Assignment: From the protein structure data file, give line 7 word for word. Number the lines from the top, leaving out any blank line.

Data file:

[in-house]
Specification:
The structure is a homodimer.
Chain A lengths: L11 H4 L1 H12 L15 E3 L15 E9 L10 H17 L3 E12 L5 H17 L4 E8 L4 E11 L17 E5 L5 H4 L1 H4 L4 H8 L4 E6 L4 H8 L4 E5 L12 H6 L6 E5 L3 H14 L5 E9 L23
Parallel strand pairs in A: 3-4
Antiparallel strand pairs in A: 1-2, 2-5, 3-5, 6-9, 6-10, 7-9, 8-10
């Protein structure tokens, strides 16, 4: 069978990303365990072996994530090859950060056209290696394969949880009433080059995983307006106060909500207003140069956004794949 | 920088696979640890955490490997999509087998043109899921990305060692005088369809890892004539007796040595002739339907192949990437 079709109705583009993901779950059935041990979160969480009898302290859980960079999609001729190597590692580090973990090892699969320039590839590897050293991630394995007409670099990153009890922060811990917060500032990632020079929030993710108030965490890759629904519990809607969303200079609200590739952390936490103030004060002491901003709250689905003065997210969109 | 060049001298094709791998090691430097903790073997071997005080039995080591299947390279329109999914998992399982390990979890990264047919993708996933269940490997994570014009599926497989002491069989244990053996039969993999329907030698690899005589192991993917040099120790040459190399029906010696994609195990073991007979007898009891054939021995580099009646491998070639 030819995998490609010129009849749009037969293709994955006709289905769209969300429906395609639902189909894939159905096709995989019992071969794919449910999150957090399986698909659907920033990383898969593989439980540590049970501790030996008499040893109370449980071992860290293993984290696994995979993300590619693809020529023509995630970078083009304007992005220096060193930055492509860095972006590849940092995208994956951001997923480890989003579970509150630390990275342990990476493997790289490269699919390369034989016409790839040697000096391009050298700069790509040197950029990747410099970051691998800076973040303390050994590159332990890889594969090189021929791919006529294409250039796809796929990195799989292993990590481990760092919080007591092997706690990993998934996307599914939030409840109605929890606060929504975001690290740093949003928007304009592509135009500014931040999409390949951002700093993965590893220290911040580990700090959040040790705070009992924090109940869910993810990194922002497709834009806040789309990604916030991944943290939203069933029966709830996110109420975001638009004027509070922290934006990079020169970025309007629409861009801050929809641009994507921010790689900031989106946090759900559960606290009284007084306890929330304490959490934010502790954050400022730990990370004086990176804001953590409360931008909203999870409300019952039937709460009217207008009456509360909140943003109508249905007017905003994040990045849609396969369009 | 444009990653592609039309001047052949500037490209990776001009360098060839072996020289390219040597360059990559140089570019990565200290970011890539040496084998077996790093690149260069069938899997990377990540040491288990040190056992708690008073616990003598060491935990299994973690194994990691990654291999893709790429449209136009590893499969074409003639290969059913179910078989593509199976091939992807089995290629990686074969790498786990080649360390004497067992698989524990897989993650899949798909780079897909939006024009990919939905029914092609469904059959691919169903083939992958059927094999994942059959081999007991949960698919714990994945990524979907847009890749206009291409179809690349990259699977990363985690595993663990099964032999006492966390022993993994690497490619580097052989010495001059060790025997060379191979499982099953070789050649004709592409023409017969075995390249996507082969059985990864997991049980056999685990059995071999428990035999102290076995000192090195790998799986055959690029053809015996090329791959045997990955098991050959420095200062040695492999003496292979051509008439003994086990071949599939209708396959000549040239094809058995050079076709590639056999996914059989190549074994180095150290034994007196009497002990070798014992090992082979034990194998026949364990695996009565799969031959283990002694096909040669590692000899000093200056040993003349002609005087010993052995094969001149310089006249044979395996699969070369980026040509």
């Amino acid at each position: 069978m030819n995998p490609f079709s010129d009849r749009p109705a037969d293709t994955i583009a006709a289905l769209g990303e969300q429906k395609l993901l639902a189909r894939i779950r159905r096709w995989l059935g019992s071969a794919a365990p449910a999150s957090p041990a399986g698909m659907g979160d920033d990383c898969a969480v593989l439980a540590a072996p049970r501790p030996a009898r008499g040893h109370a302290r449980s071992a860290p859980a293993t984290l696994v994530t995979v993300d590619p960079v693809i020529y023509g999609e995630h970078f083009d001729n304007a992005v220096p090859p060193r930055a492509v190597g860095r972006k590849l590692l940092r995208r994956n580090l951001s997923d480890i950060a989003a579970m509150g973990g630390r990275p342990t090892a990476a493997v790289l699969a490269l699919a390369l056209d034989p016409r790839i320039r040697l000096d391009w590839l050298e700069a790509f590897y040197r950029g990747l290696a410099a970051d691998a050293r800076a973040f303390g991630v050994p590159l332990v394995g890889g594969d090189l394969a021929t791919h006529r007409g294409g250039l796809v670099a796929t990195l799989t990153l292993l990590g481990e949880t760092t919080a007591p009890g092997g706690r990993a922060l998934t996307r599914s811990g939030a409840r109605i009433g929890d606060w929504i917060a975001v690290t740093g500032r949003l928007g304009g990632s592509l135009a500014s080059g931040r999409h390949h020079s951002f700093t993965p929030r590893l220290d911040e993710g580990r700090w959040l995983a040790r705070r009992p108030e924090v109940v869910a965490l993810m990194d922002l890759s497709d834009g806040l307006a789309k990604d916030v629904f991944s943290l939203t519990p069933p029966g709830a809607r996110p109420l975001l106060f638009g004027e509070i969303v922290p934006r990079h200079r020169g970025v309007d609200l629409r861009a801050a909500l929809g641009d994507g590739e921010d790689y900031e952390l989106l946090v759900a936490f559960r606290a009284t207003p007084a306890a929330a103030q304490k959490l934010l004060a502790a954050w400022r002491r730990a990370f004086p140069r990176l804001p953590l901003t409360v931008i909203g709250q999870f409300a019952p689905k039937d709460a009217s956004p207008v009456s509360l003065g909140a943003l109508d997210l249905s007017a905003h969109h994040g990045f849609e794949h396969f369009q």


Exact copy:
């Protein structure tokens, strides 16, 4: 069978990303365990072996994530090859950060056209290696394969949880009433080059995983307006106060909500207003140069956004794949 | 920088696979640890955490490997999509087998043109899921990305060692005088369809890892004539007796040595002739339907192949990437 079709109705583009993901779950059935041990979160969480009898302290859980960079999609001729190597590692580090973990090892699969320039590839590897050293991630394995007409670099990153009890922060811990917060500032990632020079929030993710108030965490890759629904519990809607969303200079609200590739952390936490103030004060002491901003709250689905003065997210969109 | 060049001298094709791998090691430097903790073997071997005080039995080591299947390279329109999914998992399982390990979890990264047919993708996933269940490997994570014009599926497989002491069989244990053996039969993999329907030698690899005589192991993917040099120790040459190399029906010696994609195990073991007979007898009891054939021995580099009646491998070639 030819995998490609010129009849749009037969293709994955006709289905769209969300429906395609639902189909894939159905096709995989019992071969794919449910999150957090399986698909659907920033990383898969593989439980540590049970501790030996008499040893109370449980071992860290293993984290696994995979993300590619693809020529023509995630970078083009304007992005220096060193930055492509860095972006590849940092995208994956951001997923480890989003579970509150630390990275342990990476493997790289490269699919390369034989016409790839040697000096391009050298700069790509040197950029990747410099970051691998800076973040303390050994590159332990890889594969090189021929791919006529294409250039796809796929990195799989292993990590481990760092919080007591092997706690990993998934996307599914939030409840109605929890606060929504975001690290740093949003928007304009592509135009500014931040999409390949951002700093993965590893220290911040580990700090959040040790705070009992924090109940869910993810990194922002497709834009806040789309990604916030991944943290939203069933029966709830996110109420975001638009004027509070922290934006990079020169970025309007629409861009801050929809641009994507921010790689900031989106946090759900559960606290009284007084306890929330304490959490934010502790954050400022730990990370004086990176804001953590409360931008909203999870409300019952039937709460009217207008009456509360909140943003109508249905007017905003994040990045849609396969369009 | 444009990653592609039309001047052949500037490209990776001009360098060839072996020289390219040597360059990559140089570019990565200290970011890539040496084998077996790093690149260069069938899997990377990540040491288990040190056992708690008073616990003598060491935990299994973690194994990691990654291999893709790429449209136009590893499969074409003639290969059913179910078989593509199976091939992807089995290629990686074969790498786990080649360390004497067992698989524990897989993650899949798909780079897909939006024009990919939905029914092609469904059959691919169903083939992958059927094999994942059959081999007991949960698919714990994945990524979907847009890749206009291409179809690349990259699977990363985690595993663990099964032999006492966390022993993994690497490619580097052989010495001059060790025997060379191979499982099953070789050649004709592409023409017969075995390249996507082969059985990864997991049980056999685990059995071999428990035999102290076995000192090195790998799986055959690029053809015996090329791959045997990955098991050959420095200062040695492999003496292979051509008439003994086990071949599939209708396959000549040239094809058995050079076709590639056999996914059989190549074994180095150290034994007196009497002990070798014992090992082979034990194998026949364990695996009565799969031959283990002694096909040669590692000899000093200056040993003349002609005087010993052995094969001149310089006249044979395996699969070369980026040509």